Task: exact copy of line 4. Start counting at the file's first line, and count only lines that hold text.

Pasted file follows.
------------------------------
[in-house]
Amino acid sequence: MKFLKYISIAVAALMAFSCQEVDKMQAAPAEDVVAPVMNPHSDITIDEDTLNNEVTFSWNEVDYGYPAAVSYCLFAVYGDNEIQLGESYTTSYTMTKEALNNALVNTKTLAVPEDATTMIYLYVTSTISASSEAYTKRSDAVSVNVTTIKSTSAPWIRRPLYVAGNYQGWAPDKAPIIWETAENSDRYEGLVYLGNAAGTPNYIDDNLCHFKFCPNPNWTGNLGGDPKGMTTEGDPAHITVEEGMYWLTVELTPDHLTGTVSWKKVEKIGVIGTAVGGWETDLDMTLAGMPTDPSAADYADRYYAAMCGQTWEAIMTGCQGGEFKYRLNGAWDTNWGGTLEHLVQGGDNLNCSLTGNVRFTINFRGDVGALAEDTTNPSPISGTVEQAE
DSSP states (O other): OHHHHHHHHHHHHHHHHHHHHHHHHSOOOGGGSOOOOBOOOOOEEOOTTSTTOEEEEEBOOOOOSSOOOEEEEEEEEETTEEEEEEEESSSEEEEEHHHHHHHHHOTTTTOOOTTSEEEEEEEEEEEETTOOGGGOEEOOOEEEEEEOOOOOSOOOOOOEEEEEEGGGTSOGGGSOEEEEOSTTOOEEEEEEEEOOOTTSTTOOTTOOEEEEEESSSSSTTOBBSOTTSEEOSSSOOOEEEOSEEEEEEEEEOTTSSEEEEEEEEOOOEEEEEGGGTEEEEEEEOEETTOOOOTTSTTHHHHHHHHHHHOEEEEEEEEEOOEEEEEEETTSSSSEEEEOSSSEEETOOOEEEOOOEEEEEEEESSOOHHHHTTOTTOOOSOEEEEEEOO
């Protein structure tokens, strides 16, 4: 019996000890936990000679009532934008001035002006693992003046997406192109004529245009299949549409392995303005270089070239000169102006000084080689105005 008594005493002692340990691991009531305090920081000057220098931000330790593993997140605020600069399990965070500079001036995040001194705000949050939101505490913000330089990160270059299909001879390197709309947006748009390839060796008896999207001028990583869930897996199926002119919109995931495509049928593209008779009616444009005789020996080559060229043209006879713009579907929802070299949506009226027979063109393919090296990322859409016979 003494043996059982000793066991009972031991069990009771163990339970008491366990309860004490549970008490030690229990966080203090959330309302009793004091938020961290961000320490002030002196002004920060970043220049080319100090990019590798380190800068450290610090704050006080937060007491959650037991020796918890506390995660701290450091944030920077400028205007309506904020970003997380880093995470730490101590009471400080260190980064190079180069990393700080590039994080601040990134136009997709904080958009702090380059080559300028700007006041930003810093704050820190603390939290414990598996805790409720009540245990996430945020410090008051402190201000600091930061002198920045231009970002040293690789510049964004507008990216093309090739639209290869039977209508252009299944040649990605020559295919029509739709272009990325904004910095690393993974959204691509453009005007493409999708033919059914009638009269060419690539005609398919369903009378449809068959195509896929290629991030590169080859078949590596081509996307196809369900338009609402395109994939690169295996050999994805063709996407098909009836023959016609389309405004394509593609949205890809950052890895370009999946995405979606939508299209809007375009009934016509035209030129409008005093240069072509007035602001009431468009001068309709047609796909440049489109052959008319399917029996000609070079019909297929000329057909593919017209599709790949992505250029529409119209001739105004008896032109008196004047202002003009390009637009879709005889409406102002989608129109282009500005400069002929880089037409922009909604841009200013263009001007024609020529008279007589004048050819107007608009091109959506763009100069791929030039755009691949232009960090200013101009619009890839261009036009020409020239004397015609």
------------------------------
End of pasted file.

């Protein structure tokens, strides 16, 4: 019996000890936990000679009532934008001035002006693992003046997406192109004529245009299949549409392995303005270089070239000169102006000084080689105005 008594005493002692340990691991009531305090920081000057220098931000330790593993997140605020600069399990965070500079001036995040001194705000949050939101505490913000330089990160270059299909001879390197709309947006748009390839060796008896999207001028990583869930897996199926002119919109995931495509049928593209008779009616444009005789020996080559060229043209006879713009579907929802070299949506009226027979063109393919090296990322859409016979 003494043996059982000793066991009972031991069990009771163990339970008491366990309860004490549970008490030690229990966080203090959330309302009793004091938020961290961000320490002030002196002004920060970043220049080319100090990019590798380190800068450290610090704050006080937060007491959650037991020796918890506390995660701290450091944030920077400028205007309506904020970003997380880093995470730490101590009471400080260190980064190079180069990393700080590039994080601040990134136009997709904080958009702090380059080559300028700007006041930003810093704050820190603390939290414990598996805790409720009540245990996430945020410090008051402190201000600091930061002198920045231009970002040293690789510049964004507008990216093309090739639209290869039977209508252009299944040649990605020559295919029509739709272009990325904004910095690393993974959204691509453009005007493409999708033919059914009638009269060419690539005609398919369903009378449809068959195509896929290629991030590169080859078949590596081509996307196809369900338009609402395109994939690169295996050999994805063709996407098909009836023959016609389309405004394509593609949205890809950052890895370009999946995405979606939508299209809007375009009934016509035209030129409008005093240069072509007035602001009431468009001068309709047609796909440049489109052959008319399917029996000609070079019909297929000329057909593919017209599709790949992505250029529409119209001739105004008896032109008196004047202002003009390009637009879709005889409406102002989608129109282009500005400069002929880089037409922009909604841009200013263009001007024609020529008279007589004048050819107007608009091109959506763009100069791929030039755009691949232009960090200013101009619009890839261009036009020409020239004397015609």